Crossing the Culture Gulf – The Psychology of Skepticism in China


Epoch Times, Singapore Edition (Issue 490, July 4 – July 17, 2014)

By Frank Lee

One day, I was discussing the Great Firewall of China (the Chinese online censorship project) with my Chinese friend and we entered into a heated debate on the freedom of speech and information. “The censorship in China is a joke, but I don’t agree with your support of liberty either.” He said. But when I asked, “What do you believe in then?” he said, “Don’t be naïve. I don’t believe in anything.”

We have all met Chinese friends who are like this. Chinese people are skeptical towards everything.

In reality, skepticism is often an excuse and a term of convenience. Hidden within which is a deeply complex heart.

Dissecting the skeptical heart

Experiments have shown that we irrationally favor information that comes to us first. This is because people form a working hypothesis based on the first information they receive, which then colors the way they interpret subsequent information.

But sometimes, our skepticism is a conscious act of choice. When reality violates all of our moral expectations, some of us understandably turn away from the truth. When Justice of the U.S. Supreme Court, Felix Frankfurter, who was a Jew himself, was first informed of the persecution of Jews by Fascist Germany, he said to the informant, “I cannot believe what you have said.” He subsequently clarified, “I am not saying that this young man is lying. I am saying that I cannot believe what he said. These are two different things.”

And sometimes, we are driven to choose disbelief out of the instinct of self-preservation and fear. This is especially so in China. Where our choice puts us against a violent and tyrannical state machinery like the Chinese Communist Party (CCP), our innermost fear will extricate ourselves from the choice out of self-preservation. And “Skepticism” becomes a term of convenience for us to avoid this choice.

Sometimes, we are skeptical because we have given up believing and we have abandoned the pursuit of truth. Take the Chinese society for example. The Chinese people do not live in a free world. Where information is severely censored by the government and where we know that half of the information we receive is unlikely to be true, skepticism becomes our shield. If we cannot discover truth, we can at least avoid being the deceived fool.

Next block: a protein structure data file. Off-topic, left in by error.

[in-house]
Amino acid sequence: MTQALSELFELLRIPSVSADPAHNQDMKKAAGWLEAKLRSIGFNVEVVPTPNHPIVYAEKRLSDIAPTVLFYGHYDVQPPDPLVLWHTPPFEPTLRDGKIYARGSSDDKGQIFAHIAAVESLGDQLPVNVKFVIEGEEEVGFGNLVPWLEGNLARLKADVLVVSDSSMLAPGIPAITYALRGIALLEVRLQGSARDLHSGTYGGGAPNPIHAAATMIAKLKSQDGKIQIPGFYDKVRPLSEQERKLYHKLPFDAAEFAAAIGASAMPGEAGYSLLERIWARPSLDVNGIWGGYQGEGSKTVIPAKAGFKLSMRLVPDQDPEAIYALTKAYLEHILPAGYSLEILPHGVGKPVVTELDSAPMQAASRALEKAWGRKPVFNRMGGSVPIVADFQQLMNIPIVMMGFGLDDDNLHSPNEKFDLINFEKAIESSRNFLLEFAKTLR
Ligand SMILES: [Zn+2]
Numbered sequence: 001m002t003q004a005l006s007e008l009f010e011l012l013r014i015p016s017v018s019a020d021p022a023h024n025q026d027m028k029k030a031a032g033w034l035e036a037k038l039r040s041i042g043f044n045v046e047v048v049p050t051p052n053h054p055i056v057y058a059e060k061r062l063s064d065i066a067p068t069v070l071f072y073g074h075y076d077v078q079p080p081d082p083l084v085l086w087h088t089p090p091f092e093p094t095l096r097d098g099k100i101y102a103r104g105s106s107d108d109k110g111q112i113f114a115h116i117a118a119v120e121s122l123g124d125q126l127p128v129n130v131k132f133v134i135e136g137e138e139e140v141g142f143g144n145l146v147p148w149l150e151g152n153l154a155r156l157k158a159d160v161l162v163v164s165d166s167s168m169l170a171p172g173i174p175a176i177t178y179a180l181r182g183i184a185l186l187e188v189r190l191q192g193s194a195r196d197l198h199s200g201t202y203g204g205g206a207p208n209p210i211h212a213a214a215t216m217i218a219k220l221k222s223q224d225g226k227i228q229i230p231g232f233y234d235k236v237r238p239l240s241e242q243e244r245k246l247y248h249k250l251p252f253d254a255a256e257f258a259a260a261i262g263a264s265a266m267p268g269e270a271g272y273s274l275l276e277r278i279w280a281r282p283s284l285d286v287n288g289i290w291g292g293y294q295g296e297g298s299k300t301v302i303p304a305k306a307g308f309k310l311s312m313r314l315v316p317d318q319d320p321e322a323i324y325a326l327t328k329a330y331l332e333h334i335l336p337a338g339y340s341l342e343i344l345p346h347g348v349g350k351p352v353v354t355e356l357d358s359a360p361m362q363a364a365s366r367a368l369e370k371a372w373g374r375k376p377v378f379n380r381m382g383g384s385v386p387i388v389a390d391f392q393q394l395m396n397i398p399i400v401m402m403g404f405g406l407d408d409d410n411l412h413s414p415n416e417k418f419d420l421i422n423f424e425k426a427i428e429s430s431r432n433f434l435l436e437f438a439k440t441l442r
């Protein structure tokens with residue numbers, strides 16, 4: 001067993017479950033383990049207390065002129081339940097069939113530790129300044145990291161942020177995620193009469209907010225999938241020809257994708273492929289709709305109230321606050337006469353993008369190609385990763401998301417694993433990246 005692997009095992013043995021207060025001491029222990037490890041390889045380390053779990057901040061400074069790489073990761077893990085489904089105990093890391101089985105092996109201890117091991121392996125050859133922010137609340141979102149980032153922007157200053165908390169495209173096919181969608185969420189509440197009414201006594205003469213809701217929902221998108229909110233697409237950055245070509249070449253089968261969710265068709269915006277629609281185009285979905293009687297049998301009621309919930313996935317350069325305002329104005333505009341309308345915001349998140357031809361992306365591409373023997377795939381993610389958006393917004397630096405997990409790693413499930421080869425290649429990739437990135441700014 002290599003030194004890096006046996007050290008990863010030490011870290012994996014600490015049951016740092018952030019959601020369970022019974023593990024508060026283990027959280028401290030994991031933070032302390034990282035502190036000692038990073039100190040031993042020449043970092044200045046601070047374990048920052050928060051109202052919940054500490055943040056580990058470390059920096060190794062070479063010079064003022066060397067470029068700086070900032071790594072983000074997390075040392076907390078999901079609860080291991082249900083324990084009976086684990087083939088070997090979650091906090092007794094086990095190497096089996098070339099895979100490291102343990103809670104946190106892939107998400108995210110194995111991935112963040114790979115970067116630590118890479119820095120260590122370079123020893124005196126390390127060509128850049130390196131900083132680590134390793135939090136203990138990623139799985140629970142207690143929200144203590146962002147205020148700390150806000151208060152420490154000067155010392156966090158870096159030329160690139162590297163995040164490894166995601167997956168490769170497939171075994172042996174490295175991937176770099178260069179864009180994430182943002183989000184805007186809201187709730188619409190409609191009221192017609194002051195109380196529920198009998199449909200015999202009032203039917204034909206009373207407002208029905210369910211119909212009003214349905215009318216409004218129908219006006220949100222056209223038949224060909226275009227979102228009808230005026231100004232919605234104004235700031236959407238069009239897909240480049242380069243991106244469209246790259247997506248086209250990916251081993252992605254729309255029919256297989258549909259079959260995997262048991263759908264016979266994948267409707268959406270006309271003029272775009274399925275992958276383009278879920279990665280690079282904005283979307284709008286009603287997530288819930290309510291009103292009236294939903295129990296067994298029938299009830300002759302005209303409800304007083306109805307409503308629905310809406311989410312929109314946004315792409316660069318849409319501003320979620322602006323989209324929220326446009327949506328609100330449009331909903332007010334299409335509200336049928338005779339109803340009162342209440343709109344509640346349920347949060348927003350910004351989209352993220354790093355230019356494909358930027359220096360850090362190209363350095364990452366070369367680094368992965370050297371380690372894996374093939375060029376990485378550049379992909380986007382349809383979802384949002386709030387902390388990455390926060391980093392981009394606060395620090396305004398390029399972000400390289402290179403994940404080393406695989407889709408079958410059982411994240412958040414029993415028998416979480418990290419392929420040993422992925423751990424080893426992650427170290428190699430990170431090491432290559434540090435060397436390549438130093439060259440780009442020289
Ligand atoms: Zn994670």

False Neutrality
Skepticism may be cloaked in an attitude of false neutrality. Frequently, we hear people say, “Both sides have their merits, but neither is hundred percent correct.”

Adopting a neutral stance on an issue does not mean shunning from making judgments. Neither does it mean penalizing both points of view. What it means is to use an appropriate method to discern the truth from the standpoint of objectivity and impartiality. This is true neutrality.

The value of skepticism
Likewise, there is nothing inherently wrong with being skeptical. But it is wrong if we maintain the skeptical attitude forever and find comfort in the absence of truth. Skepticism and doubt are valuable because they spur us into the pursuit of truth. They are the first step of the process and should never the end.

Skepticism in China
At this juncture, one may ask, why are the Chinese people so skeptical? The writer believes that it has a lot to do with the Chinese political and social climate of the era. Under the regime of the CCP, the recent history of China is pervaded by struggle and conflict. From inter class struggle to intra class struggle; the CCP spurs struggle and conflict within every strata of the society through propaganda and brainwash, sometimes even pitting wife against husband, father against child. When your closest friend may turn against you in the next second, you will find that it is no longer safe to trust. Chinese people, in order to protect themselves, become cautious and wary, and this eventually evolves into the Chinese skepticism that we see today.

The situation was made worse by the destruction of traditional ethics and values during the Cultural Revolution. Following the “open-door” policy adopted in the late 1970s, faith in the intrinsic good of man was replaced by the worship of pure materialistic wealth, and trust inevitably fell out of fashion.

The lack of trust in the contemporary Chinese society is both a cause and a product of its moral depravity and social ills. From toxic food to counterfeit products, dishonesty creates distrust, and distrust begets more dishonesty. Living in the Chinese society, one cannot afford to let down his guard. Even though the intra-social conflicts and struggles perpetuated during the Cultural Revolution has ceased, it continues to pervade the Chinese society in spirit. Under these circumstances, the Chinese people are skeptical, and understandably so.

Therefore, do not blame the Chinese people for their endless skepticism. They are but the product of their age – an age of moral and cultural decline that began since the Great War on culture, waged by the Communist Party of China.

Frank Lee is a Chinese immigrant. During his stay in Singapore, Frank experiences a great contrast between the social and cultural conditions of Singapore and those of China. He finds this contrast fascinating and illuminating, and has graciously volunteered to share his reflections with The Epoch Times.

The views and opinions expressed in this editorial are solely those of the original writer. They do not necessarily represent the views of The Epoch Times.

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